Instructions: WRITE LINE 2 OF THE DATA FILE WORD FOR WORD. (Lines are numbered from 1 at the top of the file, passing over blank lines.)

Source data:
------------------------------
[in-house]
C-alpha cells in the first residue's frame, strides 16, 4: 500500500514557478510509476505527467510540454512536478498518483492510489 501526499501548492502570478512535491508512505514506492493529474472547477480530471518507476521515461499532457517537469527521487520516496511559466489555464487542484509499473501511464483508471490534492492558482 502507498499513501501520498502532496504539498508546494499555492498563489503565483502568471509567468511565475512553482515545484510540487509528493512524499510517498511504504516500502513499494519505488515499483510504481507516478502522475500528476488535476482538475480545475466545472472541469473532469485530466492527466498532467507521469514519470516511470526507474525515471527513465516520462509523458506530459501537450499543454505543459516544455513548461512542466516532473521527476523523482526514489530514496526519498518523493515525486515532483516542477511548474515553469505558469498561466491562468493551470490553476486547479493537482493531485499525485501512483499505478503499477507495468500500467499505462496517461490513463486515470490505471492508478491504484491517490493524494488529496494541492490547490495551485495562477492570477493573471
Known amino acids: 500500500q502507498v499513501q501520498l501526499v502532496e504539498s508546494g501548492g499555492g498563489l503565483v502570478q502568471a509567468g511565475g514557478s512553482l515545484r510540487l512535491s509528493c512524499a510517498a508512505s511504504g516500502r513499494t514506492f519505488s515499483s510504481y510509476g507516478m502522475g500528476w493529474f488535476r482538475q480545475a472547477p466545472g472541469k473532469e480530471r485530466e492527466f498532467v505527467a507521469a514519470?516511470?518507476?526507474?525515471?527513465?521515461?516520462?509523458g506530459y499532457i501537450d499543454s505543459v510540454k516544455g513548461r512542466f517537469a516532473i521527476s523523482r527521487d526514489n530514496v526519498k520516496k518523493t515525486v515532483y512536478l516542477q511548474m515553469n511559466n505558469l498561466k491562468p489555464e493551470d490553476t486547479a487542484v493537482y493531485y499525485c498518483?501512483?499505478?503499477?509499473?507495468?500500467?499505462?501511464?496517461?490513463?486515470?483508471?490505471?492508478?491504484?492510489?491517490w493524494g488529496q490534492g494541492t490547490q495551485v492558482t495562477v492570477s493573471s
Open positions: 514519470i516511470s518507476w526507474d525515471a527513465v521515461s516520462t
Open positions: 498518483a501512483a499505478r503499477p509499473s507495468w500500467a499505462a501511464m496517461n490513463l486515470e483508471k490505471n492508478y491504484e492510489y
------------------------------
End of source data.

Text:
C-alpha cells in the first residue's frame, strides 16, 4: 500500500514557478510509476505527467510540454512536478498518483492510489 501526499501548492502570478512535491508512505514506492493529474472547477480530471518507476521515461499532457517537469527521487520516496511559466489555464487542484509499473501511464483508471490534492492558482 502507498499513501501520498502532496504539498508546494499555492498563489503565483502568471509567468511565475512553482515545484510540487509528493512524499510517498511504504516500502513499494519505488515499483510504481507516478502522475500528476488535476482538475480545475466545472472541469473532469485530466492527466498532467507521469514519470516511470526507474525515471527513465516520462509523458506530459501537450499543454505543459516544455513548461512542466516532473521527476523523482526514489530514496526519498518523493515525486515532483516542477511548474515553469505558469498561466491562468493551470490553476486547479493537482493531485499525485501512483499505478503499477507495468500500467499505462496517461490513463486515470490505471492508478491504484491517490493524494488529496494541492490547490495551485495562477492570477493573471